We often offer advice about taxes here on our blog, but we seldom talk about life’s other certainty. Planning for the funeral of a loved one can be very stressful if you have to do it all while you’re in the process of grieving. There are many things to consider – type of internment, the casket, the service, and the reception. Because of our desire to “just get it done”, and to properly memorialize someone very close to us, we can often overspend when planning a funeral.
At Creditaid, we see the impact that high funeral costs can have. We can offer the following advice to someone who’s planning a funeral:
Take someone with you. Having a trusted friend or family member who isn’t as stricken with grief as you are to help with making the arrangements can assist in keeping a perspective on matters. While the professionals in the funeral industry aren’t trying to take advantage of you, bear in mind that it is a business. Having a “voice of reason” with you could prove to be handy.
Shop around. Funeral services differ in price. While we don’t advocate driving all over town, visit at least two funeral homes to see what options they offer you.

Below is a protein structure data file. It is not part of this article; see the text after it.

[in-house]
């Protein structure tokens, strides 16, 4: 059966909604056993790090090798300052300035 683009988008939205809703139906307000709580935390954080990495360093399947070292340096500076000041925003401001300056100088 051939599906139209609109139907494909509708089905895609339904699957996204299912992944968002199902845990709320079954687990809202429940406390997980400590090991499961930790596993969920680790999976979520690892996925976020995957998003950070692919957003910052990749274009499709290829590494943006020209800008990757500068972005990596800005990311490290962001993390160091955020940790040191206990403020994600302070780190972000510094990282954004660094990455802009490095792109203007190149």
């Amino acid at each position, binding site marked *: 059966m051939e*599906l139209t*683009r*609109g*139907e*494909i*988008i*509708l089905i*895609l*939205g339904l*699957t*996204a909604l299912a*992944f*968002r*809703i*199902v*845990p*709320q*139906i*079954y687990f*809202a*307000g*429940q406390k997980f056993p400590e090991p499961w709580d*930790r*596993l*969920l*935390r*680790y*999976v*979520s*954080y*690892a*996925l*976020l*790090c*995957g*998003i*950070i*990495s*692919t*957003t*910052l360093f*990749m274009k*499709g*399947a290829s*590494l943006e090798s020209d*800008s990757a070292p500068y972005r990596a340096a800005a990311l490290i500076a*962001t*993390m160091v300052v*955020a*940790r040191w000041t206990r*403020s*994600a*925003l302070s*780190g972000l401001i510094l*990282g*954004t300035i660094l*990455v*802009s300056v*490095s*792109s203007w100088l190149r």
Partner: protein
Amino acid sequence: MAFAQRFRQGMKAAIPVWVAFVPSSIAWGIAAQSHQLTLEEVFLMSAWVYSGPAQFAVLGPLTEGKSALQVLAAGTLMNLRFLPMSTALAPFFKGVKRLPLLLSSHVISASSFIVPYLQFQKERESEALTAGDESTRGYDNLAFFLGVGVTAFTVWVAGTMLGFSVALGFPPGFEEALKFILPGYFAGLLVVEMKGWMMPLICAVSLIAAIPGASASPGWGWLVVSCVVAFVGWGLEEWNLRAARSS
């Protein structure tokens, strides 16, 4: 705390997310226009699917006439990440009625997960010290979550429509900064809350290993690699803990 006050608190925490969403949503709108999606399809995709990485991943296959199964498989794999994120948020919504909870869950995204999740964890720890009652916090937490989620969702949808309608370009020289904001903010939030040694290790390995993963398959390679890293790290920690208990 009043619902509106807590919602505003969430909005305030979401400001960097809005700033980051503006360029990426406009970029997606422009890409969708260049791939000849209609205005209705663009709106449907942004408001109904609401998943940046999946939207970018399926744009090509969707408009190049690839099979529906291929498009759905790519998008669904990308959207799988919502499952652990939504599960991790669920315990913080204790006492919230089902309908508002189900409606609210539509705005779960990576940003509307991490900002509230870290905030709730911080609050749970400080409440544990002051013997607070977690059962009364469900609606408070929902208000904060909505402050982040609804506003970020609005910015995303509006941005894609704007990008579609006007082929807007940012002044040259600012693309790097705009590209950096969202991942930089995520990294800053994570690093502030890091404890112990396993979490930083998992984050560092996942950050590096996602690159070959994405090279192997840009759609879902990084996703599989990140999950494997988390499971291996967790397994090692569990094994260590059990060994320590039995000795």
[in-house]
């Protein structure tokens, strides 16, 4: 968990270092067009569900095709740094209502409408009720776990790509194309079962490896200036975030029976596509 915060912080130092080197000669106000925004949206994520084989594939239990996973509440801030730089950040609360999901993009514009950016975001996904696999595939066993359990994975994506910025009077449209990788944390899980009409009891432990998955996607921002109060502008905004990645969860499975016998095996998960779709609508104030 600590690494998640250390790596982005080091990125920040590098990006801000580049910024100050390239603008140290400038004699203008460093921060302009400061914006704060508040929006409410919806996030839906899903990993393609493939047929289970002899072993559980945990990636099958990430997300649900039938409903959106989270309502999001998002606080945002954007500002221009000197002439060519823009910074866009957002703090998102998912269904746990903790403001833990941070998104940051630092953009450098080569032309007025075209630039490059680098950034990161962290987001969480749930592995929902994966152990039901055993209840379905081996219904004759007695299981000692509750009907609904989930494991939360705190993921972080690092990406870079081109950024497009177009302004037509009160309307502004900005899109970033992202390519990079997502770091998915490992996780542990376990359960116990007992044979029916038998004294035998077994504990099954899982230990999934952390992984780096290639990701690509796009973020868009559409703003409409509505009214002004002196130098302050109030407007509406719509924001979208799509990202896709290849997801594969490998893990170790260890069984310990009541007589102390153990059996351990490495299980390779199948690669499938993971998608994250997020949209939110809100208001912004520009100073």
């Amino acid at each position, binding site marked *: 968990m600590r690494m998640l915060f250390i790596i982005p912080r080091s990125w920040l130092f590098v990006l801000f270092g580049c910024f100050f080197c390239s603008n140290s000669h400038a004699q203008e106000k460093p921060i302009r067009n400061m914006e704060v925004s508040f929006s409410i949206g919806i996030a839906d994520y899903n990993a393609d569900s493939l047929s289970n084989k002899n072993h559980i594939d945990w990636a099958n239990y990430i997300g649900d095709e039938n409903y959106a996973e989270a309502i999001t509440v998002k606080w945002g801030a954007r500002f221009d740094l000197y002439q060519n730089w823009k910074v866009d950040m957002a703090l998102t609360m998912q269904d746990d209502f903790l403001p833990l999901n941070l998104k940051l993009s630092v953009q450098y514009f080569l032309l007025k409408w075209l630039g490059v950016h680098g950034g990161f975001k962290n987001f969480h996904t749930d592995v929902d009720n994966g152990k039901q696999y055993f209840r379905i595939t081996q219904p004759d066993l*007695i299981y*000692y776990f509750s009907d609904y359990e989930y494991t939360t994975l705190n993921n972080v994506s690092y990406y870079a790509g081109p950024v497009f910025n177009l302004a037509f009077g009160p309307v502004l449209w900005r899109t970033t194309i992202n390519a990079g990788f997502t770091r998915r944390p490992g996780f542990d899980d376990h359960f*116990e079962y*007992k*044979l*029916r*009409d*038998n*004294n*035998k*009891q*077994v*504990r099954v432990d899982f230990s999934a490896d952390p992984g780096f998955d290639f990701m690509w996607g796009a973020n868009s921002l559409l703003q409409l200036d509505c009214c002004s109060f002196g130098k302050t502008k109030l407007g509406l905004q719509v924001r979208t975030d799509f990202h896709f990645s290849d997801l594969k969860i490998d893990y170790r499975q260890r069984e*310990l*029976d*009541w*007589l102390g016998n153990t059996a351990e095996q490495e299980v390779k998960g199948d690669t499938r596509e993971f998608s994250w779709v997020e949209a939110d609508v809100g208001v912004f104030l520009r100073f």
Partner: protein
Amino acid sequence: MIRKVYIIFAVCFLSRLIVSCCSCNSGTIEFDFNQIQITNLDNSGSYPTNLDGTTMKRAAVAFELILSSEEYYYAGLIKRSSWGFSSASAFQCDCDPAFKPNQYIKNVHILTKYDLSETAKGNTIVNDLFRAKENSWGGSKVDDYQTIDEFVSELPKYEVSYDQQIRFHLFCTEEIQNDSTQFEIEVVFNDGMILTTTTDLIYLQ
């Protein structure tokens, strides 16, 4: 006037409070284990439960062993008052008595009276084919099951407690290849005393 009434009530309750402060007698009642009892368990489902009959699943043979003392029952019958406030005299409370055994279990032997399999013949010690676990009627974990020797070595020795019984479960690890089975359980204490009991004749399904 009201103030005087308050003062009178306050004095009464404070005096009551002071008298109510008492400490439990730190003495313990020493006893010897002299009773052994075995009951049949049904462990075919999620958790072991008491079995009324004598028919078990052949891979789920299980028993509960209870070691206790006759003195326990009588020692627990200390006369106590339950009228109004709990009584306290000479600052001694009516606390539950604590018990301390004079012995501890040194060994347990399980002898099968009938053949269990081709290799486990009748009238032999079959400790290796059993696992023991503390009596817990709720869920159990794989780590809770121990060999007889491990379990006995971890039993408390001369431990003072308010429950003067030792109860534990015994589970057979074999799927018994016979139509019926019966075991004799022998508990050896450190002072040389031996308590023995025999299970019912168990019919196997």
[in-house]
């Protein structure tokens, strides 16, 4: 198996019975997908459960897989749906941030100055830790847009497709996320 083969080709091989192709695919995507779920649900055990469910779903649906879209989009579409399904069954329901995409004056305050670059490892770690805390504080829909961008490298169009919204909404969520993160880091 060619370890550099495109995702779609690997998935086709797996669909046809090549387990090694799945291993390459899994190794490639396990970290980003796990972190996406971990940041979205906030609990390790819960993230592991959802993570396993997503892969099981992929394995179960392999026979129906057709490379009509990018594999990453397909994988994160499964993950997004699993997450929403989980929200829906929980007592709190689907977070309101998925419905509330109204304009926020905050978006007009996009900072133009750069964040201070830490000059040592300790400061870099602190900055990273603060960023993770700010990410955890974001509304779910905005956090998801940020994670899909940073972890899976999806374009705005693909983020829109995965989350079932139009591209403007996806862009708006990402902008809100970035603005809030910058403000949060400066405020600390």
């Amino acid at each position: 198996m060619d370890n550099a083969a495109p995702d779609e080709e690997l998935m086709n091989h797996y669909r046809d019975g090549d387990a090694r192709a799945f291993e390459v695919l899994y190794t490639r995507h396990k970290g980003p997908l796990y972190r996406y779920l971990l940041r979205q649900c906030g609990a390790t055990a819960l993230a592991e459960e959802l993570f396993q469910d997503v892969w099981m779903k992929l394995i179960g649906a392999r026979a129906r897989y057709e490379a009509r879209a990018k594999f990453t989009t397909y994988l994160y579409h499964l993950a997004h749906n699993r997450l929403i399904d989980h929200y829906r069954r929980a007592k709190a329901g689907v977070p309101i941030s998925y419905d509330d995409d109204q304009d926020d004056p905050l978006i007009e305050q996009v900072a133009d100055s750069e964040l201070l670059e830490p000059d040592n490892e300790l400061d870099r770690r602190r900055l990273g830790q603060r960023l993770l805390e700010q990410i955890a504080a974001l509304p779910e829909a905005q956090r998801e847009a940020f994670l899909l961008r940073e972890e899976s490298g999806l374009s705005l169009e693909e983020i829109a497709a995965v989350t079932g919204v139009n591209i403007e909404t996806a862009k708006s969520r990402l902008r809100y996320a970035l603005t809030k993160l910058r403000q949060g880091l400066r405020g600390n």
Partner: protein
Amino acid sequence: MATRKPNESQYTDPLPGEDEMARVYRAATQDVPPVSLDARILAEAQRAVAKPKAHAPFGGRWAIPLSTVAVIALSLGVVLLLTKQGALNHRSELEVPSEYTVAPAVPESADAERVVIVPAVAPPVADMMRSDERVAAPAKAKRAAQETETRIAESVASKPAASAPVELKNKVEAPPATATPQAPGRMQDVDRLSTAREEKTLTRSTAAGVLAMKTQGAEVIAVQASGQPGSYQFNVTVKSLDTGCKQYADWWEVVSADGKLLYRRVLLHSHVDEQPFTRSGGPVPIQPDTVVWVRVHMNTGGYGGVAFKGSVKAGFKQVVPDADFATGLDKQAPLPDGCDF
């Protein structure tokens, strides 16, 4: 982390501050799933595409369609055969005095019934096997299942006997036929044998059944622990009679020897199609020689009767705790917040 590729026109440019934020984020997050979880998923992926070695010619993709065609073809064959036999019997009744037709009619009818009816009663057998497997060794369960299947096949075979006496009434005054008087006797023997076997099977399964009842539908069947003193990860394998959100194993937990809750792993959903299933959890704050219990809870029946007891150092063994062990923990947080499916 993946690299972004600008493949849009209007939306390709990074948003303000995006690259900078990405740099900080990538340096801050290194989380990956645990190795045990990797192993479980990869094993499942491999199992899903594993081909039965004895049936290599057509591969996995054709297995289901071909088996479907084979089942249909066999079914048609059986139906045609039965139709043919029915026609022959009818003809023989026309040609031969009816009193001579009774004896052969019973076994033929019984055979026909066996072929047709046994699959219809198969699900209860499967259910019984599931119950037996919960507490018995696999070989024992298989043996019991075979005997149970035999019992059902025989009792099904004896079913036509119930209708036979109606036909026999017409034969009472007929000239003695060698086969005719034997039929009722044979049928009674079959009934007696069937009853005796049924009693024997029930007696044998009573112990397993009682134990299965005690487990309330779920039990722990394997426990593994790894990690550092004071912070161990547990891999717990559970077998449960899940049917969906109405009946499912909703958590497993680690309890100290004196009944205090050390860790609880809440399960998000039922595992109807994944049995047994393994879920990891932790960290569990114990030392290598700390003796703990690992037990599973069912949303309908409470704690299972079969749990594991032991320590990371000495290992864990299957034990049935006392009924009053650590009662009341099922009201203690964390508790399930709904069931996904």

Look at economical alternatives. Instead of a full-blown funeral, you could opt for a “direct disposition”, where the internment is handled in the background, and instead hold a memorial service for friends and family. Cremation is a more economical option than traditional burial in a plot, and has gained popularity in recent decades. It’s now a standard method of burial.
Consider the real wishes of your loved one. Chances are, they wouldn’t want you to put yourself in a position of financial hardship for their funeral. While it’s only natural to want to memorialize someone “properly”, financial realities should always be considered. There are lots of ways to make a fitting memorial without exposing yourself to crushing debt.